Attachment Orientation, Affect Regulation, and Coping Styles in Young Adults with Persistent, Transient, or Absent History of Deliberate Self-Harm
Gelinas, Bethany Lee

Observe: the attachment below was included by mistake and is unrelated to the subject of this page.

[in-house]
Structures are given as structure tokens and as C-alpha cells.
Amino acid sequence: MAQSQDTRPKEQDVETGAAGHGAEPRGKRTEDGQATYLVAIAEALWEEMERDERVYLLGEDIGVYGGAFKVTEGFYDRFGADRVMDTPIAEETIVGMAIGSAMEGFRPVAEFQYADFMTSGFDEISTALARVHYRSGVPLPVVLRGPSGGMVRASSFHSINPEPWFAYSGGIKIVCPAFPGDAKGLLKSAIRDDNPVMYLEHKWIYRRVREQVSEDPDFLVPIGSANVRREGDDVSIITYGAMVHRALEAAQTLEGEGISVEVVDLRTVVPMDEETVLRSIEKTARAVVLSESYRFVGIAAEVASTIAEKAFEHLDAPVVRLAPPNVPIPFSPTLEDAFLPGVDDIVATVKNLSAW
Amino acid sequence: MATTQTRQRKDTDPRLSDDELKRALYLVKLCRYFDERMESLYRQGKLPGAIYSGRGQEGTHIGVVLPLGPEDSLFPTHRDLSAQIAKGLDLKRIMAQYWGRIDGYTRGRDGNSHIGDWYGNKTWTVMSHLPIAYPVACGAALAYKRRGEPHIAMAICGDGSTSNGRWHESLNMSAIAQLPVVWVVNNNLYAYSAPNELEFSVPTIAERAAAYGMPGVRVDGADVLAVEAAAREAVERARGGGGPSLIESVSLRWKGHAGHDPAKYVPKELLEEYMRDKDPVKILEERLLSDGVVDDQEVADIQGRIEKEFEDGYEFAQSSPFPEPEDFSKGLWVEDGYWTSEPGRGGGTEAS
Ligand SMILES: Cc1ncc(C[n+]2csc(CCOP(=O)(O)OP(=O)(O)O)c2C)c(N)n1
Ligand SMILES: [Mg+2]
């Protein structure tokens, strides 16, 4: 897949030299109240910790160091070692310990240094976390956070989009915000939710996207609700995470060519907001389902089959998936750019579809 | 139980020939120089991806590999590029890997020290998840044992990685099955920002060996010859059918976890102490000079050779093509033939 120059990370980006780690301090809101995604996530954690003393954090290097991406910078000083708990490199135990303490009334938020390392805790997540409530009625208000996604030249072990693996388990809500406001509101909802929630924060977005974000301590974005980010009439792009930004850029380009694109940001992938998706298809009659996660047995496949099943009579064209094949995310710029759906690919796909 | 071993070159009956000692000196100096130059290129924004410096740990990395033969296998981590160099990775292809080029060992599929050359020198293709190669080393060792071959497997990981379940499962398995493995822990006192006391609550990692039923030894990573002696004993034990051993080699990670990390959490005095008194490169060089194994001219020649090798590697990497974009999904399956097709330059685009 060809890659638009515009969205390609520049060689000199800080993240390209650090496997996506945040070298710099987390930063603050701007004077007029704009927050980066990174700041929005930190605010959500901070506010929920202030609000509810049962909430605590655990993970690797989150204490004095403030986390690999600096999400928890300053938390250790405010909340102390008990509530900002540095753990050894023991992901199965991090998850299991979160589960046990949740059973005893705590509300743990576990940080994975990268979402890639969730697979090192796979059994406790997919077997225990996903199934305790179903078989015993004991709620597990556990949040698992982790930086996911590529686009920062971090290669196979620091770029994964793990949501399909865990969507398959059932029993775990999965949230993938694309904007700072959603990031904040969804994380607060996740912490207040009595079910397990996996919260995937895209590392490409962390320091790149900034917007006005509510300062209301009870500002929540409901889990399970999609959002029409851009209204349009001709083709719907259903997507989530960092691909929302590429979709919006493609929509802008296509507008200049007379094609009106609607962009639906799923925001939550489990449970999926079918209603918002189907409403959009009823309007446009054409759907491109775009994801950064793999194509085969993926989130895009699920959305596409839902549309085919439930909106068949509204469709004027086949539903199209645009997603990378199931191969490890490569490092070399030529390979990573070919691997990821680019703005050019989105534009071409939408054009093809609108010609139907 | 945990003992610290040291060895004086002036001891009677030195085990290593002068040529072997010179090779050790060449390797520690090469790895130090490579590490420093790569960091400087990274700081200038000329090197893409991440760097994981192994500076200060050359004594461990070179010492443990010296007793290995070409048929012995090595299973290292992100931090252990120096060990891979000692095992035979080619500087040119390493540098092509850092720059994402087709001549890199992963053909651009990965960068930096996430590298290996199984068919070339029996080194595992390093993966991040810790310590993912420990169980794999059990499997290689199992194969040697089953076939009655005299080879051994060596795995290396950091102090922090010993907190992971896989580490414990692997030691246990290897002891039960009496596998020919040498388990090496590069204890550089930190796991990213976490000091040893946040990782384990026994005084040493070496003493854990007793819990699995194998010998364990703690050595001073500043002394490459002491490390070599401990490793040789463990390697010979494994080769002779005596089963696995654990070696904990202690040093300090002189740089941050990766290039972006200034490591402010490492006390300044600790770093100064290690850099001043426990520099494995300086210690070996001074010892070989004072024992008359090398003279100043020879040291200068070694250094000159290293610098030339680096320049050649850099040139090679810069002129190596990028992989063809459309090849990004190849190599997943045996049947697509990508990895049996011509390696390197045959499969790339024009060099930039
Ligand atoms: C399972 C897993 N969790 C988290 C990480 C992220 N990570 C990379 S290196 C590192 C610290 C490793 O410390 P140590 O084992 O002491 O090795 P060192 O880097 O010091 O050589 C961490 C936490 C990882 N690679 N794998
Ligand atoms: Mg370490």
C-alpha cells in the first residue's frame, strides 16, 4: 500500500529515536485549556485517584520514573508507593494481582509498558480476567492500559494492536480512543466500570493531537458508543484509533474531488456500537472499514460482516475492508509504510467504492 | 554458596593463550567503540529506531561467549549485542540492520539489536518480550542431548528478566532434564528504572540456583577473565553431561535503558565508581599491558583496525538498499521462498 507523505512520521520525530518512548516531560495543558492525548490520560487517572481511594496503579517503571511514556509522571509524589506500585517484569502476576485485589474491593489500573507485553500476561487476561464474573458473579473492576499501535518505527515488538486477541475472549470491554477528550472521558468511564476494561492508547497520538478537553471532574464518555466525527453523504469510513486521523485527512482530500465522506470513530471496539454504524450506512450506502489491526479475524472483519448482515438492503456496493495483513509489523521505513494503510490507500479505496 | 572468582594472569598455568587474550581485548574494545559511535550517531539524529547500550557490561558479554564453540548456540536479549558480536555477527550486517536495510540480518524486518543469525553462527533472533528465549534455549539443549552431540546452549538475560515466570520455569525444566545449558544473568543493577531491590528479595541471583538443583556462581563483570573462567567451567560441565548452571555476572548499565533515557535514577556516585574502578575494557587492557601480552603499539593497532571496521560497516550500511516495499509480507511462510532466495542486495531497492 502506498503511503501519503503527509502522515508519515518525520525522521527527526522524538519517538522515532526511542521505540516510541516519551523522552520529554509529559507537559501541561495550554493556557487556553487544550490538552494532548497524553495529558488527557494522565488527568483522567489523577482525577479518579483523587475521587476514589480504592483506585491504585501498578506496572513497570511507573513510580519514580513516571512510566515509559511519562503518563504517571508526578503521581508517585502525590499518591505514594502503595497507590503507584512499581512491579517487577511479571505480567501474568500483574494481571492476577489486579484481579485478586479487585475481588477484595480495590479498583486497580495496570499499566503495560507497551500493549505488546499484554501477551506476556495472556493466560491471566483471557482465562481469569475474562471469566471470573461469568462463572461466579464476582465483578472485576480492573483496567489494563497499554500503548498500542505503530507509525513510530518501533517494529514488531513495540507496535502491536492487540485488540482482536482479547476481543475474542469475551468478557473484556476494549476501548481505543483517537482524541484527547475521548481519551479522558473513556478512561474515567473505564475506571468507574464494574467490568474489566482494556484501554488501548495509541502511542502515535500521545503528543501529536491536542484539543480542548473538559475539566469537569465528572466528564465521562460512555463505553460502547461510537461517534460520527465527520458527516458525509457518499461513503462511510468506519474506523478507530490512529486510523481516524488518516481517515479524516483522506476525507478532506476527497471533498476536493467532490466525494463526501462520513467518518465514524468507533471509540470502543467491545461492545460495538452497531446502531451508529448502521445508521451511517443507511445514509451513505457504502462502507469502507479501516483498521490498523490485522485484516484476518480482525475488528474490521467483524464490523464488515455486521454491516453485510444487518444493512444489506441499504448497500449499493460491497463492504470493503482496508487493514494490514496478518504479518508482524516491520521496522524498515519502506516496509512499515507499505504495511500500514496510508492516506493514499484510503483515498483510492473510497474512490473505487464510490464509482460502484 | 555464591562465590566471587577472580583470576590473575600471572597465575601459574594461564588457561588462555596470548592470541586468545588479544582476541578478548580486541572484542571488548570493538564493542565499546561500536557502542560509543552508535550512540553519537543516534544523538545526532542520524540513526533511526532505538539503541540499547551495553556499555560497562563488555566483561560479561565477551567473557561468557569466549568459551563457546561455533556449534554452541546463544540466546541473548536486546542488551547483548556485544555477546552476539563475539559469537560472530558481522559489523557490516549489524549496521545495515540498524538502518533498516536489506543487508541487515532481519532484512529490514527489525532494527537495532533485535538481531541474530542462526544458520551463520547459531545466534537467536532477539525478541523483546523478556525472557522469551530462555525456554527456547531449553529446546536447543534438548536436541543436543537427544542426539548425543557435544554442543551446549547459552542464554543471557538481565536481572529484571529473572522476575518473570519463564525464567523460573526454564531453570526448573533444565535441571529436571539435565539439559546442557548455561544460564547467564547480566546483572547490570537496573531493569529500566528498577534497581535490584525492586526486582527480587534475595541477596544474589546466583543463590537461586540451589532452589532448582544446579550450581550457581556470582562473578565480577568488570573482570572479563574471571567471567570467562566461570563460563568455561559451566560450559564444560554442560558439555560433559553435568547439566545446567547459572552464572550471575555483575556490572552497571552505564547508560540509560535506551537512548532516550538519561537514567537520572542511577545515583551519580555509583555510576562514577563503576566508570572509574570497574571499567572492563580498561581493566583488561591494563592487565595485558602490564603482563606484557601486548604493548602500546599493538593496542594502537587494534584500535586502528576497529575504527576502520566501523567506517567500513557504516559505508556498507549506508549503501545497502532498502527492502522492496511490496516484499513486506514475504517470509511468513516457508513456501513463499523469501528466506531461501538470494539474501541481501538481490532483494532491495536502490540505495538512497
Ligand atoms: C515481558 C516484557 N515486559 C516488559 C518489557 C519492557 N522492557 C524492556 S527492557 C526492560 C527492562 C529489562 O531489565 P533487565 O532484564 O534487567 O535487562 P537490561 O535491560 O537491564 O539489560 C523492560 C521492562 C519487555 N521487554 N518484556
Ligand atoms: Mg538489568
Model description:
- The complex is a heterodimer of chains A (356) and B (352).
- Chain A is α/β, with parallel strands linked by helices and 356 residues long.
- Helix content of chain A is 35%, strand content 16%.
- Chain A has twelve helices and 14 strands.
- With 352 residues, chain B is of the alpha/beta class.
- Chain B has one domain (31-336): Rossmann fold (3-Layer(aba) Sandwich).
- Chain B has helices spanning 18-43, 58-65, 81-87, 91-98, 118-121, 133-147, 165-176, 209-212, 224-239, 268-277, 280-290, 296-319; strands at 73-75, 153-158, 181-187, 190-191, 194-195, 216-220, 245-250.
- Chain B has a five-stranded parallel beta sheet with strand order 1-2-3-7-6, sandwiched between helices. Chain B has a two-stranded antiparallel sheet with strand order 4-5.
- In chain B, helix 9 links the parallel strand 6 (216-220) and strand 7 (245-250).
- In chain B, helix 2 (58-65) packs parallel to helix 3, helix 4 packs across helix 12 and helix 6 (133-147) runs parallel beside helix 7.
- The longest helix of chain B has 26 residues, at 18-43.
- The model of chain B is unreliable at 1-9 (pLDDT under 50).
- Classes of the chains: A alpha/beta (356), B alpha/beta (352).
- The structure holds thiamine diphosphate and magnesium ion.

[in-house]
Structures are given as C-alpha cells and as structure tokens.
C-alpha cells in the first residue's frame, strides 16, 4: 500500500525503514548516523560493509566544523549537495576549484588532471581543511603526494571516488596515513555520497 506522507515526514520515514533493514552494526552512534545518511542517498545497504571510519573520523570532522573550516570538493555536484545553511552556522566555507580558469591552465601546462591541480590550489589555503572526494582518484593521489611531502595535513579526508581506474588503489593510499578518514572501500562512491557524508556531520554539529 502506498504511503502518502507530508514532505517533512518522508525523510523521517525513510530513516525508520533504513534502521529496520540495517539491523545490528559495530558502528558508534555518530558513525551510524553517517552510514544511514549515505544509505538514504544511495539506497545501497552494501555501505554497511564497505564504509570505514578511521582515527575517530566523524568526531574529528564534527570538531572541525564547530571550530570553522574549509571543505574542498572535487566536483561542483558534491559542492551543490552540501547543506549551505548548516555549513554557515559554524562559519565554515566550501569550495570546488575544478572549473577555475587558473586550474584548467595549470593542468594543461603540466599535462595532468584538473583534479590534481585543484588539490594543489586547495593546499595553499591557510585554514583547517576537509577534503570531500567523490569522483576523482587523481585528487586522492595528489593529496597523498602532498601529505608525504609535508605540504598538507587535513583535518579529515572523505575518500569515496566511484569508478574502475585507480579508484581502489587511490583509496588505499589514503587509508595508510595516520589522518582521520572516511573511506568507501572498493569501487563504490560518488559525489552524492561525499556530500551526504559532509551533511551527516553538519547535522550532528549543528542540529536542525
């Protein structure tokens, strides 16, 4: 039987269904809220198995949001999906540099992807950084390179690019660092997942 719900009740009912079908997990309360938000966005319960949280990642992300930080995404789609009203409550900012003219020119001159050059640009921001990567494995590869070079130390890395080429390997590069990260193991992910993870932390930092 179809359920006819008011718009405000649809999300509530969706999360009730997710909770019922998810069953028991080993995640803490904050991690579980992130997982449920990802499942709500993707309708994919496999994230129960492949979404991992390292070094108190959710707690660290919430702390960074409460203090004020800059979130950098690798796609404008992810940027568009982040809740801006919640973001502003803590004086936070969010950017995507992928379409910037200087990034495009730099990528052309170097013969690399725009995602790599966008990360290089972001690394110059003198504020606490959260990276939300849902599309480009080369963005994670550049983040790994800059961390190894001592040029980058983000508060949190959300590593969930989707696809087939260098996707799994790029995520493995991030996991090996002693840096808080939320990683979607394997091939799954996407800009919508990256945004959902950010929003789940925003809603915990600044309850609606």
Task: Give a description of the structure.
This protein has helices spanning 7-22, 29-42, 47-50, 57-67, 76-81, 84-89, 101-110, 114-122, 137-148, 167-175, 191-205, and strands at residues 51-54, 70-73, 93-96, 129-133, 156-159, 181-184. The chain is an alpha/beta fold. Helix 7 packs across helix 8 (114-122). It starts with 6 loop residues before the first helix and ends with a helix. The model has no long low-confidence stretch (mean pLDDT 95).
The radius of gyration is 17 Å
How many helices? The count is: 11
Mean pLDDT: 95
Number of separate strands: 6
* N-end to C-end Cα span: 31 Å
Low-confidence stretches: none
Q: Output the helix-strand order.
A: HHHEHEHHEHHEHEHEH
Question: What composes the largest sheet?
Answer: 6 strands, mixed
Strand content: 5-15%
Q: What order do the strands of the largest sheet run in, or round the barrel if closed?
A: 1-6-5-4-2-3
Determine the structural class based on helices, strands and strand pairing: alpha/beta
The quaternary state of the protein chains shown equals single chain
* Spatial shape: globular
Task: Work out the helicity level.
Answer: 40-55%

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The prevalence of deliberate self-harm (DSH) is on the rise, making clinicians more likely than ever to encounter DSH in their clinical practice (Klonsky, 2007; Nock, 2009), and consequently making research that informs such clinical practice increasingly vital. Past research has neglected to adequately explore the differences between absent, persistent, and transient DSH histories and the factors related to increased DSH frequency. Attachment orientation, coping styles, and affect regulation have been implicated as important to adjustment and psychopathology; however, the role of these constructs in DSH and specifically whether they can be successfully applied to explain the differences between DSH histories has yet to be explored. The purposes of this study were fourfold: (1) investigate the relationship between attachment orientation and likelihood of persistent, transient, or absent DSH; (2) determine whether motivations for engaging in self-harm, coping styles and affect regulation differ according to the individuals’ type of self-harm history; (3) investigate which constructs (attachment orientation, coping styles, affect regulation, or motivations) were most predictive of a particular self-harm history; and (4) develop a better understanding of the offset of DSH behaviour and how individuals managed to cease this behaviour. A battery of questionnaires was administered via an online survey to 139 university students in order to gain a better understanding of the relationship between these constructs and DSH history and frequency. The relative importance and predictive utility of these constructs, the differences between DSH histories, and the information obtained on DSH cessation could contribute to more successful treatment and more efficacious prevention. Findings are discussed in terms of clinical and scientific implications.